Leslie Revis

breaks down

''Jh ·

sludenls know ol of/ tt'mes

barriers. language

that u 1

e ore /11 lht's logelhe,: .,

Revis adopted the three needy teenagers. but because the kids are full-blooded 1\ layan. they cannot leave their native country Revis set up a home in Cuatemala and helped get her two daughter and son back in school. Revis knows she bcnef'illed immensely from the example her USD professors set, and acknowledges that ' · some or me probably docs wear off on my students.· , "If you genuinely live who you are, people appreciate it," she says.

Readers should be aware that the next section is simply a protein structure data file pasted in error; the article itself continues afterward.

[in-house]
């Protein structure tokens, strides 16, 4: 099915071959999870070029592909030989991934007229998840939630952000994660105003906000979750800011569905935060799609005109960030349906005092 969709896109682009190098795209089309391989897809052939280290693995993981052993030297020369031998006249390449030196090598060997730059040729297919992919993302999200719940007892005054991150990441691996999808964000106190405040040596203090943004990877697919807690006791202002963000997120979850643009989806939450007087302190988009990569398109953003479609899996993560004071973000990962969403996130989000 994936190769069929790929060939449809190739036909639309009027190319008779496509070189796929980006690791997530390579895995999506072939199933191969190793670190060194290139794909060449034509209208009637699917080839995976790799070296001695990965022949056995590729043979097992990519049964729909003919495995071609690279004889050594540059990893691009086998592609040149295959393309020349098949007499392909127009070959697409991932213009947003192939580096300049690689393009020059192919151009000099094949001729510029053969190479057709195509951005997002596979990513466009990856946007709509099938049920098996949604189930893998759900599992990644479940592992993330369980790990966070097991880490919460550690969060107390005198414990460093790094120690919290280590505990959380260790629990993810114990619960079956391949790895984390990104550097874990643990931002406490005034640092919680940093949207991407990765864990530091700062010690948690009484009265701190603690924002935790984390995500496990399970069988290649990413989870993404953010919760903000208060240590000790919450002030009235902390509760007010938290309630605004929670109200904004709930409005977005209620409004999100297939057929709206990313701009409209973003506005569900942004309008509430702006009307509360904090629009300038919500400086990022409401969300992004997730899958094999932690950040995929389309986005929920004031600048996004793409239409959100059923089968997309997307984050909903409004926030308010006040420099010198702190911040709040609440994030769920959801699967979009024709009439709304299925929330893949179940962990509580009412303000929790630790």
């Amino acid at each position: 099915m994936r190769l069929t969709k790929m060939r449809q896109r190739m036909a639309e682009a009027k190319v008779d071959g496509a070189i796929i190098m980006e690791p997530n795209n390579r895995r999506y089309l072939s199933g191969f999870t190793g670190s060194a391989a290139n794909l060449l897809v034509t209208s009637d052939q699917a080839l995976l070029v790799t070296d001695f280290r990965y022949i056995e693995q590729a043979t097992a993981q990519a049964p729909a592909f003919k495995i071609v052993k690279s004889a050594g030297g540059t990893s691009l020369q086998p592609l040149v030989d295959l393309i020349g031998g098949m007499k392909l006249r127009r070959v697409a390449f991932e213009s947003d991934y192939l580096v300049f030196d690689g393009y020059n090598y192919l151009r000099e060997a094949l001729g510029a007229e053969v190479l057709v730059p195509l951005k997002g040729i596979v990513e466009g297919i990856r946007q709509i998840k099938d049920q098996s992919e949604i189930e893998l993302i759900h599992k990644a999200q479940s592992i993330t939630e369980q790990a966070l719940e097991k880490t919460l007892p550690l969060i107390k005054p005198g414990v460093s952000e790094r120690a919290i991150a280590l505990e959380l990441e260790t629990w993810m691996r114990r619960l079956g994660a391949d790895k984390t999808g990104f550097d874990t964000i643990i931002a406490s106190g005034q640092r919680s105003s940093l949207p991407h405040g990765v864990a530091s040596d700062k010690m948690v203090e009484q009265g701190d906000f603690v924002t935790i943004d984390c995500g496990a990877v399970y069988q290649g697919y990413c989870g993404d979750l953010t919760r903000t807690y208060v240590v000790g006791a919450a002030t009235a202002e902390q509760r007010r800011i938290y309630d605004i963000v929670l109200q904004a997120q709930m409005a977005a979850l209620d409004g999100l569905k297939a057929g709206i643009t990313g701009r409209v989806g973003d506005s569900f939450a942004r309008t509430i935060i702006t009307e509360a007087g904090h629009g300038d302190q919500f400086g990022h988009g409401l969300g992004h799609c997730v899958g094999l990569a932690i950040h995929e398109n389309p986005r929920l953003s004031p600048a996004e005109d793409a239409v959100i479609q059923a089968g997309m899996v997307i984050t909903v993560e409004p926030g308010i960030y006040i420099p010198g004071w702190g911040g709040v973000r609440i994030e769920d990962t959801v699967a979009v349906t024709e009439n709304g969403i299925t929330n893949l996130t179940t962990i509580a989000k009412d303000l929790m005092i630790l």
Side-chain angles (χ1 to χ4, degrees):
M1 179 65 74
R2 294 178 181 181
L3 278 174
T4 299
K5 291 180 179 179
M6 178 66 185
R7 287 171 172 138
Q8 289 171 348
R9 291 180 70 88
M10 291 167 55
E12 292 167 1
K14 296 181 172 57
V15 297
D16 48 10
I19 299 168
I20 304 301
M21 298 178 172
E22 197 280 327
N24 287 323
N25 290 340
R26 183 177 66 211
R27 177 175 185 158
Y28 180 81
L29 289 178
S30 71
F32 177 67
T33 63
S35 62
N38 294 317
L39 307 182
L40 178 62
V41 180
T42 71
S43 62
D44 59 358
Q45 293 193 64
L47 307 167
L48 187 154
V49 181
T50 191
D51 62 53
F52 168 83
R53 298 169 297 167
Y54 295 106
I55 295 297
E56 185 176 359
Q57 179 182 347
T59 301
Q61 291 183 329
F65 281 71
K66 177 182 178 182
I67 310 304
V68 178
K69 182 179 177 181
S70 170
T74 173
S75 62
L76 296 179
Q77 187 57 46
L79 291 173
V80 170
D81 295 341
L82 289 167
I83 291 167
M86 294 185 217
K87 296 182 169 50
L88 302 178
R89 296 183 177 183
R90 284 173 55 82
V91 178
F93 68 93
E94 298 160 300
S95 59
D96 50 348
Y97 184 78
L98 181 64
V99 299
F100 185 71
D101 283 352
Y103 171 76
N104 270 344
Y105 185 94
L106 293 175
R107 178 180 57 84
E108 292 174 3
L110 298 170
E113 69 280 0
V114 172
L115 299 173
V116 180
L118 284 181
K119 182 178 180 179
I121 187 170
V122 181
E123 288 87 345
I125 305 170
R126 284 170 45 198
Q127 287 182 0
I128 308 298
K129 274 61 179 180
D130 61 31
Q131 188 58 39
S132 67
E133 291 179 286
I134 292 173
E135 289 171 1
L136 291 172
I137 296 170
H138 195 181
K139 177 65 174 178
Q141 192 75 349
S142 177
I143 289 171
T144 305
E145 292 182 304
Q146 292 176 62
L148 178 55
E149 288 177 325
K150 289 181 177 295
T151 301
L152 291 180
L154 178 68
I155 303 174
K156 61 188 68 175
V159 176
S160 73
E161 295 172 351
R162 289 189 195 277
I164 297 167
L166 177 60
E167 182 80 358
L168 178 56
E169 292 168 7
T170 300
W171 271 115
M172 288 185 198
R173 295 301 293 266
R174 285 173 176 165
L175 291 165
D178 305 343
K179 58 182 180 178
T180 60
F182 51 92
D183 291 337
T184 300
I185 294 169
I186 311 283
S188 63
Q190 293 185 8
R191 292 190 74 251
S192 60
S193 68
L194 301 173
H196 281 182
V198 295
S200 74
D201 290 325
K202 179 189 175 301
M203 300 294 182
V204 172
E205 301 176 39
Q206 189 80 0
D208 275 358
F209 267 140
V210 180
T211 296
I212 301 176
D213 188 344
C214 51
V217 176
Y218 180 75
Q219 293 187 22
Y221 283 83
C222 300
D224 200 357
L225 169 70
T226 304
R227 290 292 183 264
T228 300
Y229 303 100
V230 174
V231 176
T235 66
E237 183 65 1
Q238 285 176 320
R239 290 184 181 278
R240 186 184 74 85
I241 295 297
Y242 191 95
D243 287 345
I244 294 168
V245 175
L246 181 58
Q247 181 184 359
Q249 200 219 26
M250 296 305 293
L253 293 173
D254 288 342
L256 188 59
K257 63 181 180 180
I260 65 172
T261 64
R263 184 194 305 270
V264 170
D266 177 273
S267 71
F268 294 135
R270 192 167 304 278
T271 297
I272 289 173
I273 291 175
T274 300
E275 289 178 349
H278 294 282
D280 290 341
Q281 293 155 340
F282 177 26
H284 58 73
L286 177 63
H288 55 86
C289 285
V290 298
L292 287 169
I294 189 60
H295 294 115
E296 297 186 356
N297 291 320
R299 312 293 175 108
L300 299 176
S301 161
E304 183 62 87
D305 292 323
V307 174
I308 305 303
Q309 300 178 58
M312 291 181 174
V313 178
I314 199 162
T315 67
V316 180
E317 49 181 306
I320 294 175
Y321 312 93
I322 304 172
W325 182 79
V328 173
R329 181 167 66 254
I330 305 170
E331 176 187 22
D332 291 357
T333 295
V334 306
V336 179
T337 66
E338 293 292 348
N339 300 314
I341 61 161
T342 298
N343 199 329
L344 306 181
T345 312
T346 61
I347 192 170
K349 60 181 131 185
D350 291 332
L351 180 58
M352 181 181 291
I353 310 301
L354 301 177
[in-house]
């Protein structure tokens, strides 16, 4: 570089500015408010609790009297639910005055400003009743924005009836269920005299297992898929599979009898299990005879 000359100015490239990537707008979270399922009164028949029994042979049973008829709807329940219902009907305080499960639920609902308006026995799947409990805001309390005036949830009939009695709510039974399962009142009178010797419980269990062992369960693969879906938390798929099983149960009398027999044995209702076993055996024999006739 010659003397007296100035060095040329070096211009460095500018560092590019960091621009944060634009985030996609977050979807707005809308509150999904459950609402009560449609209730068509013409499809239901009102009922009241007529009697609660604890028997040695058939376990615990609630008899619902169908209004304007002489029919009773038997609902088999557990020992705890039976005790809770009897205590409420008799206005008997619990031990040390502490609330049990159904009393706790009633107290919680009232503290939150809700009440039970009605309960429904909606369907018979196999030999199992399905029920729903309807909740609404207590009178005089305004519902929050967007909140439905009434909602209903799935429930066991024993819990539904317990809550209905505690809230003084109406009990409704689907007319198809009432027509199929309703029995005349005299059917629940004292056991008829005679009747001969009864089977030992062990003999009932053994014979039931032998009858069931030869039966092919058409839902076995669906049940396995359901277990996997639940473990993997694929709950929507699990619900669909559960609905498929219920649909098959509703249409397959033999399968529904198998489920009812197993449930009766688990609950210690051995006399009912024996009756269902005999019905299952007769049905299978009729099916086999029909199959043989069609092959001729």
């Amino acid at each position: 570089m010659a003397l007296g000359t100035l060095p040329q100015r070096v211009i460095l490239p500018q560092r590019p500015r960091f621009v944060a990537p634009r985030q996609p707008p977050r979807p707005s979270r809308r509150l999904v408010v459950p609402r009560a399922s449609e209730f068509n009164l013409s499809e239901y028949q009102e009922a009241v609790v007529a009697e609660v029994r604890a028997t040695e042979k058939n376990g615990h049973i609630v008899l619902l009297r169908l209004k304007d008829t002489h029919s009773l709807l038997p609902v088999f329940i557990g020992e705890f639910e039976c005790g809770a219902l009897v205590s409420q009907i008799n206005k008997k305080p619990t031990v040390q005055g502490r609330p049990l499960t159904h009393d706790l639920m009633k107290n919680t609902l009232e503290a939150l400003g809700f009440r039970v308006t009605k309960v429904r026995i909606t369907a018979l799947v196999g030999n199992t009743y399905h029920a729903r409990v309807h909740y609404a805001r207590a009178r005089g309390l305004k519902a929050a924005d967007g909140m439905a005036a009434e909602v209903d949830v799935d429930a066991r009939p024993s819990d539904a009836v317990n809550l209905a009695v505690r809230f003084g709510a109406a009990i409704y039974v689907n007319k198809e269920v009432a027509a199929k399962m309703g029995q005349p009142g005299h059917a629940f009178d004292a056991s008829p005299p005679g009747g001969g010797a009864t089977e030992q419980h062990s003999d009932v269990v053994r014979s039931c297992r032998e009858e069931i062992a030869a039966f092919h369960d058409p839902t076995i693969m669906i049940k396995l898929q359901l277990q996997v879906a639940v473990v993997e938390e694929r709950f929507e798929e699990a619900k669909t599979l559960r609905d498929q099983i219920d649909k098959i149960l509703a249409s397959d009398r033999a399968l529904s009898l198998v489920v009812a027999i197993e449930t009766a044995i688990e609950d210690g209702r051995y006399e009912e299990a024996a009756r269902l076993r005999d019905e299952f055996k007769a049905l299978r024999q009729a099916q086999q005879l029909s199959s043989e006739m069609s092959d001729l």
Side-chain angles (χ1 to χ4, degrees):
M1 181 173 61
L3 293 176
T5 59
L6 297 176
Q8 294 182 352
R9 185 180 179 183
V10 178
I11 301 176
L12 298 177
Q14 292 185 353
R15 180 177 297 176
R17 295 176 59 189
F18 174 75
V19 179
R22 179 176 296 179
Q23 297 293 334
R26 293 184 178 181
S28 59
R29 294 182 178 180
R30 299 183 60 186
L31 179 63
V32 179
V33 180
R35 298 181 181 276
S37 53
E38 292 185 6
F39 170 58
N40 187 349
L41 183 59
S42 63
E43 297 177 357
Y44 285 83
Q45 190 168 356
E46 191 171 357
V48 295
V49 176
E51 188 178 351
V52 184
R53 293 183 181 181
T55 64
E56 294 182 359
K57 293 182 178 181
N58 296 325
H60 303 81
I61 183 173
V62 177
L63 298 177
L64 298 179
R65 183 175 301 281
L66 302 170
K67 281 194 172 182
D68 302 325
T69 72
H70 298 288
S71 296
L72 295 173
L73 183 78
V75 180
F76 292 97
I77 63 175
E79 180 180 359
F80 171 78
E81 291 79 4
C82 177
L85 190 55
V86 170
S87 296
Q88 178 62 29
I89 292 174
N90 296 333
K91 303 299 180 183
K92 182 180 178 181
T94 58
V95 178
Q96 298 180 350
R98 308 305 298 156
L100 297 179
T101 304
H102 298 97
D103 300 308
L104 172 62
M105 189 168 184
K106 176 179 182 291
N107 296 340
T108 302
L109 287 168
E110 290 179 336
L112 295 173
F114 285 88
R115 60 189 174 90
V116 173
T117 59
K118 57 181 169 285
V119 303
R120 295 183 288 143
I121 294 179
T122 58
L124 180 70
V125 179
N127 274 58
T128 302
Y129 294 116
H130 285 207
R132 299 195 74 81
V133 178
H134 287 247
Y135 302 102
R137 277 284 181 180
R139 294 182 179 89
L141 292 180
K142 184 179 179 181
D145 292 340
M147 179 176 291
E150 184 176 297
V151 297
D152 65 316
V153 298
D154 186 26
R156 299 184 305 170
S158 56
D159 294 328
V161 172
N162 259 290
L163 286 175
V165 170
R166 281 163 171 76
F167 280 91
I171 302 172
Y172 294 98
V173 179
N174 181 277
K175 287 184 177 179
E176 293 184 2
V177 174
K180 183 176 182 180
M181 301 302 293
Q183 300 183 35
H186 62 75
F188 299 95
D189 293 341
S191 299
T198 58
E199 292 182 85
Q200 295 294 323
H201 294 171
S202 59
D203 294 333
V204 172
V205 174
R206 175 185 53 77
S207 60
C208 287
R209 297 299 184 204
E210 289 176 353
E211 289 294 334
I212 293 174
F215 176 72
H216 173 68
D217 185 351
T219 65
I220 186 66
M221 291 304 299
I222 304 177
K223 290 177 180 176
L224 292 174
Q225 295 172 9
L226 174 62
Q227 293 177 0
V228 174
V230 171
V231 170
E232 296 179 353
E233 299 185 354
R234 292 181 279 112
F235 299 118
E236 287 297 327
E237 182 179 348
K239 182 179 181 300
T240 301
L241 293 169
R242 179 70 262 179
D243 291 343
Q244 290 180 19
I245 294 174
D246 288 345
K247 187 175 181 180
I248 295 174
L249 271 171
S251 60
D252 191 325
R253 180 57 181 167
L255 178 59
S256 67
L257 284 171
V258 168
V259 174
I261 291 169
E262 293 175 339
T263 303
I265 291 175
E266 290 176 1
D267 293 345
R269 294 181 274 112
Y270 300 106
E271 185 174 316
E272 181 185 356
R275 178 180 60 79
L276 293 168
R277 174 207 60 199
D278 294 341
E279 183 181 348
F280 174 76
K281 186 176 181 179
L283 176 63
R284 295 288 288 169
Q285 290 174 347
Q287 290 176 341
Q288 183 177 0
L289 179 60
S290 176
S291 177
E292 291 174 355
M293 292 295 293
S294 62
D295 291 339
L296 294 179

··Jt. a complcleh- clifferem aspect of volumcer work. on that·s a loL more pcrsona1.·· she sav . ··You get LO ta lk to peop le about their faith and how they feel about themselves." UndersLanding Lhosc reeli ngs - and the circum ·rnnce, that create them - is made easier bv Doan·s dual major. ··So mu ch of soc iolog)' in vo h·es looking al th e huma n cond ition. from culwre and class issues lO economics and poli tics.··say · Doan. who aJso minors in leadership through the School of Educmion·s American Hurnanics program. whi ch trains Slll lems lO lead cornmunit,· Sl' n ·ice and nonpr fit orga nization . ··There·s a strong relationship betwee n what I learn and what I sec in everyday life... r\ncl Doan secs more of life L11an most people her age - for that 111aue1: rnor than most people ol' any age. She also works with the 13ig Sister League. an organization crea ted lO help women in need. She's in volved in thr rnenwring progran1. which pair yo1111g women ,vith older role models. ru1d works in a horn - that takes in women with nowhere else lO go. ··L"nderstru1ding psycho! gy helps. because many ol' the women have psychologicaJ disorders and are on medication.·· he says. --You have to under land their needs. then vou ca n fee l the joy of eeing them even out their lives. ·· "You get to talk to p eople about f ailh and how they f eel about theniselves. " Doan aJ ready has plru1s for con tinuing her w rk with tho c in need. She has applied to work fo r a year with the Jc uit Volunteer Corps. after wh ich he hopes to get a graduate degree in ·ounseling. ··J\Jy big dream is lO open a group home for teenagers. s0111eplace where I ca n create new opportunitie · and give them ski lls ru1d encouragement.·· she says. and then acids with a smi le: ':,.\l least one home. Maybe two. J\ laybe more.··